adult (above)  and 1st winter (below) Chinese Pond Heron. Shows amonyt of white and dark in wing tips and coverts. Likely to be variation in both ages.

adult (above) and 1st winter (below) Chinese Pond Heron. Showing amonunt of white and dark in wing tips and coverts. Likely to be variation in both ages. These are just 2 examples, one of each age.

Kent Pond Heron, Palmer six Kent Pond Heron, Palmer eightChinese Pond Heron, all photos above by Phil Palmer, 2nd March 2014, Kent, UK

Summer Pond Heron Plumages

and interesting wing tips

by Martin G

The Chinese Pond Heron in Kent continues to elude birders and yet fascinate on both aspects of identification and vagrancy. What plumage is it moulting into? Have we found a new little feature of winter identification of ardeola herons?
 

Which plumage is the Kent Bird moulting into?

The broad brush strokes usually go like this: There are several species of Pond Herons ‘ardeola’. In winter plumage they look very similar/ are impossible to identify. In summer plumage they turn into ornately coloured pond fairies  :) . The Kent bird is moulting into one of them.

CLICK on photo sets above for better views. Thanks to Dave Gandy for help. More on his blog too. >>>Visit Now<<<

Indian Pond Heron in April (left) and Chinese Pond Heron in March (right)

Indian Pond Heron in April (left) and Chinese Pond Heron in March (right)

Squacco Heron in March (left) and Javan Pond Heron of subspecies continentalis in April (right)

Squacco Heron in March (left) and Javan Pond Heron of (ssp. continentalis) in April (right)

Escape of Vagrant?

OK. Which plumage/species is the Kent bird moulting into? There are other species of Pond Heron but these are the main candidates. Based on origins, known movements and presence in European zoos the (very broad) view is roughly:

Javan Pond Heron. speciosa Not expected as natural vagrant. More common in zoos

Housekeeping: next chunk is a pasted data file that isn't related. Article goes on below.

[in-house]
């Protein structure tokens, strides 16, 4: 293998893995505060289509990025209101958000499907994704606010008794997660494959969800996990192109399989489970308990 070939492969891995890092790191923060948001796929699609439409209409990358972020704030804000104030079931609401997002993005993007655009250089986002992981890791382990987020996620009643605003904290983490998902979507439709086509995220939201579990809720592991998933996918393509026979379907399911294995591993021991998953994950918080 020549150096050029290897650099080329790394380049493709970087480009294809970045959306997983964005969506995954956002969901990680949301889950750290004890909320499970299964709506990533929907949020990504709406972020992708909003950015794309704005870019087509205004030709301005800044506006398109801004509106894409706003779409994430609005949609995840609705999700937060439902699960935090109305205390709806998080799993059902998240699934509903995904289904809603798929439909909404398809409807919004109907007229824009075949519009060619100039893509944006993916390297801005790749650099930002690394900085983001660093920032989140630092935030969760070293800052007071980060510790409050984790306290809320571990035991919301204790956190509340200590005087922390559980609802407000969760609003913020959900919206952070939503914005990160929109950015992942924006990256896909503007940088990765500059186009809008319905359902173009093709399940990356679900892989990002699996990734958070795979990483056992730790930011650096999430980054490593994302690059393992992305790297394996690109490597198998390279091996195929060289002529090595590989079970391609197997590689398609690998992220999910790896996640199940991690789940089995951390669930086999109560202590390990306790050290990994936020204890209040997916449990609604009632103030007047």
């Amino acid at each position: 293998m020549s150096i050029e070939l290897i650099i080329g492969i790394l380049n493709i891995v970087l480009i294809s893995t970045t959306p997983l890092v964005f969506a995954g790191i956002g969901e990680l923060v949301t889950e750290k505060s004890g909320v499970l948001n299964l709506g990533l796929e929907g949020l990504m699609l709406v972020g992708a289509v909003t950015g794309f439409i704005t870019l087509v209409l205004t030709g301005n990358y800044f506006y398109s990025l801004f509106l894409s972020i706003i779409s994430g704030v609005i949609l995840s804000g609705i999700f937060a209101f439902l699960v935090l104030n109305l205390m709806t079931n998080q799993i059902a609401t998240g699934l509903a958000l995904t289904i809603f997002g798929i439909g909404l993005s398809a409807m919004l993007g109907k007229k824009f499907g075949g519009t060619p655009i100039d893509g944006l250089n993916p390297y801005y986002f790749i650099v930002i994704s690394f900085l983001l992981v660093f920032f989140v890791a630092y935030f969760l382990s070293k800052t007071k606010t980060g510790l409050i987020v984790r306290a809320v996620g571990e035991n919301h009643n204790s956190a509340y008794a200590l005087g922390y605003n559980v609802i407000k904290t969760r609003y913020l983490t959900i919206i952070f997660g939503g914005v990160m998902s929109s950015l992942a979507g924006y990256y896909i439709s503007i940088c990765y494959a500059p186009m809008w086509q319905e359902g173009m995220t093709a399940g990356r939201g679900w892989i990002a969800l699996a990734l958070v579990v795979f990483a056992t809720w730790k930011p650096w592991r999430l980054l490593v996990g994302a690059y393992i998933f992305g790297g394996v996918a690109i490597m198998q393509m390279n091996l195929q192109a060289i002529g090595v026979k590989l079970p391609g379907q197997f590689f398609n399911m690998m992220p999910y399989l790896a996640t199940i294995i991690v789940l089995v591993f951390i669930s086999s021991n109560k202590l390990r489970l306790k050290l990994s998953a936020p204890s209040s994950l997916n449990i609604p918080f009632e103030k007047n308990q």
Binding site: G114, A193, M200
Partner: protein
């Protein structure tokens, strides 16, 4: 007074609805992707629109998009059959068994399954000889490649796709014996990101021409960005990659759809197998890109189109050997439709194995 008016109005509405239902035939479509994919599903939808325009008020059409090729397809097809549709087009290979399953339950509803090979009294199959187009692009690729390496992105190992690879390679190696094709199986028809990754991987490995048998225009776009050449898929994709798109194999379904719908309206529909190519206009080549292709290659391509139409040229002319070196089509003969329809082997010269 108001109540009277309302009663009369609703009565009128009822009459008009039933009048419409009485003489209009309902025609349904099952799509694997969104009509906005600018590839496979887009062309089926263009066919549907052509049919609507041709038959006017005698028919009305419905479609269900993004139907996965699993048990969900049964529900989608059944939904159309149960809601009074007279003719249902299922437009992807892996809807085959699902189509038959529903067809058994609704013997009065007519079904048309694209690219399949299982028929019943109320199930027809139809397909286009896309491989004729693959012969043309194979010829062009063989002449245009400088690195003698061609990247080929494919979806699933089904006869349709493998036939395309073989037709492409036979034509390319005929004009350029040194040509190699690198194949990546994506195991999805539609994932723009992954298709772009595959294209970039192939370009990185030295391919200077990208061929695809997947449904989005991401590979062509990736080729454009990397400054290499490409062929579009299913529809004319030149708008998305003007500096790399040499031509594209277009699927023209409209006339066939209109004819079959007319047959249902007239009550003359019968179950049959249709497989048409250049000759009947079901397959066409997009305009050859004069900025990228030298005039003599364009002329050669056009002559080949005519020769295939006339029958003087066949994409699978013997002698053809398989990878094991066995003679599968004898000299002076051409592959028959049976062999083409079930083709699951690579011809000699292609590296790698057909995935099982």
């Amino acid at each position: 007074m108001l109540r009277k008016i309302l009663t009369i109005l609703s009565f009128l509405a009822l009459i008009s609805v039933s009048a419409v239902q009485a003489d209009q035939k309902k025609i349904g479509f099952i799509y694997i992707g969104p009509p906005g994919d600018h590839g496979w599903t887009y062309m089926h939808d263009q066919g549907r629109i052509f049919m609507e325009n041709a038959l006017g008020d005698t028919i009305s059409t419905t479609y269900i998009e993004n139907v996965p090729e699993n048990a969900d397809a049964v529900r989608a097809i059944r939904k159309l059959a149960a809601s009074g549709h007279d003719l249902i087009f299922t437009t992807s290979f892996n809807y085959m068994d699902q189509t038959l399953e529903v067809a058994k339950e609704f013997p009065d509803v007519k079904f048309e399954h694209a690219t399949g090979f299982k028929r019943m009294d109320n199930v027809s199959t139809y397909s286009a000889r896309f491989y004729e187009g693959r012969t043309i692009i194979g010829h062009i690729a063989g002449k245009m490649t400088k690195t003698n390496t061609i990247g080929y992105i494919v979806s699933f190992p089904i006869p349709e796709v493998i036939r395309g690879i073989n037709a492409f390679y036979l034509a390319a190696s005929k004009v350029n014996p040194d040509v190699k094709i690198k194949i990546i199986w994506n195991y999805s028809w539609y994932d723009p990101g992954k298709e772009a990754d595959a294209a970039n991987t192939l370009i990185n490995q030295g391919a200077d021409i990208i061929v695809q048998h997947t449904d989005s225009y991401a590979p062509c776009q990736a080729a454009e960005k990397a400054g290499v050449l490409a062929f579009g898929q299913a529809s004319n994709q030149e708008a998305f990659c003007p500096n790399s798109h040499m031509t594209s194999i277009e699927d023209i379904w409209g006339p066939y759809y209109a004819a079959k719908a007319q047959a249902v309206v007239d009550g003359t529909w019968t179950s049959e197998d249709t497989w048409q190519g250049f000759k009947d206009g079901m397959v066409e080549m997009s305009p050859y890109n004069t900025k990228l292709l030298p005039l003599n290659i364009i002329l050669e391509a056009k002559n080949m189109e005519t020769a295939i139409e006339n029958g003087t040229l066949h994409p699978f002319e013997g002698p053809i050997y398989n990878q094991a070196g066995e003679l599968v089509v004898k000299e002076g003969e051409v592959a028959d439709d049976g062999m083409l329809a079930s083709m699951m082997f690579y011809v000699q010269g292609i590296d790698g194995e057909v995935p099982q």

Chinese Pond Heron. bacchus Longer distance migrant (though Britain is a LONG way). Rare/ not present in zoos. The hoped for card.

Indian Pond Heron. grayii Less likely as vagrant to Britain naturally reaching south-eastern parts of Western Palearctic region. i.e. East Mediterranean and Middle East. Handful in Zoos?

 

Primary tips

Thanks to our local chap a few more pics of the bird from the weekend. Helpful shots of  the wing tips appear here. Notice how much dark is present in the primaries. Depending to some degree on angle of light, the outer 2 primaries are rather extensively  dark, along the outer web right up to the primary coverts. The is quite a lot of dark pigment on all the primary tips. In conversation with Ian Lewington and as continuation of conversation of several years! See some of our  >>> OLD STUFF <<< We think (still looking into) that this is too much dark on the wing tips in winter for ANY plumage of Squacco Heron. Hypothesis: This much dark in primary tips in winter = Asian taxa of  Pond Heron? Discovering.

Dark shaft streaks in primary coverts and primary shafts are at least interesting though have not seen good enough photos of the lesser coverts – yet. To be cont’d…

22 feb oneCPH17 bn

Kent Chinese Pond Heron (looks like that way me!) above 2 photos late February 2014

Squacco Herons below in Israel March 2012. Compare wing tips.

Squacco Heron, Eilat, Israel March 2012. Martin Garner.

Squacco Heron, Eilat, Israel March 2012. Martin Garner.

Squacco Heron, Eilat, Israel March 2012. Martin Garner. (different to trapped bird above)
Squacco Heron, Eilat, Israel March 2012. Martin Garner. (different to trapped bird above):

Postscript

 

Photo added showing dark at wing tips of Kent bird, tad different angle. See discussion below:

CPH14 b

 

New Photos: Chinese Pond Heron

in Kent from today

Good news is always welcome. Spoke to lovely chap this morning. He rang because a strange heron had appeared in his garden- pinching the Koi! Initially thinking from books it might be a Squacco Heron,  A few low-key inquiries brought him to the Birding Frontiers blog. He soon realised this looked like the same individual. It is! Same bird, same area. Chinese Pond Heron. Private gardens.

Kent 19 Feb 2014 h balanced

More on the Identification issues >>>HERE<<< 

Kent 19 Feb 2014 g

Even with the struggle of back-lighting they are a great set of photos.  For ID purposes check out that thick- along- its-length orange based bill; dark loral mark; thick mauve feathering on breast sides with much less streaking in centre of breast. I think the aging is less clear with these new images. Thanks to input from Phil Round, Ian Lewington, Dave Gandy, Grahame Walbridge. Lesser wing coverts can be very helpful having brown centres in 2cy birds and tail tip may be darker on some (more to be learnt here for sure!). A fascinating bird yet- I hope you think so.

Kent-19-Feb-2014-f mmmmm

Thanks to the very nice gentleman who rang this morning and took this photos. Please understand there will be no more information than written here. It is in the same area and patience will pay off. They are private gardens. Thanks for understanding.

Kent-19-Feb-2014-c MMMM

There is one tip: I would look out for flocks of Black-headed Gulls- they mob ‘ickle Pond Herons…

Kent 19 Feb 2014 a

Kent 19 Feb 2014 bKent 19 Feb 2014 d

Chinese Pond Heron. A private garden in Kent. 19th February 2014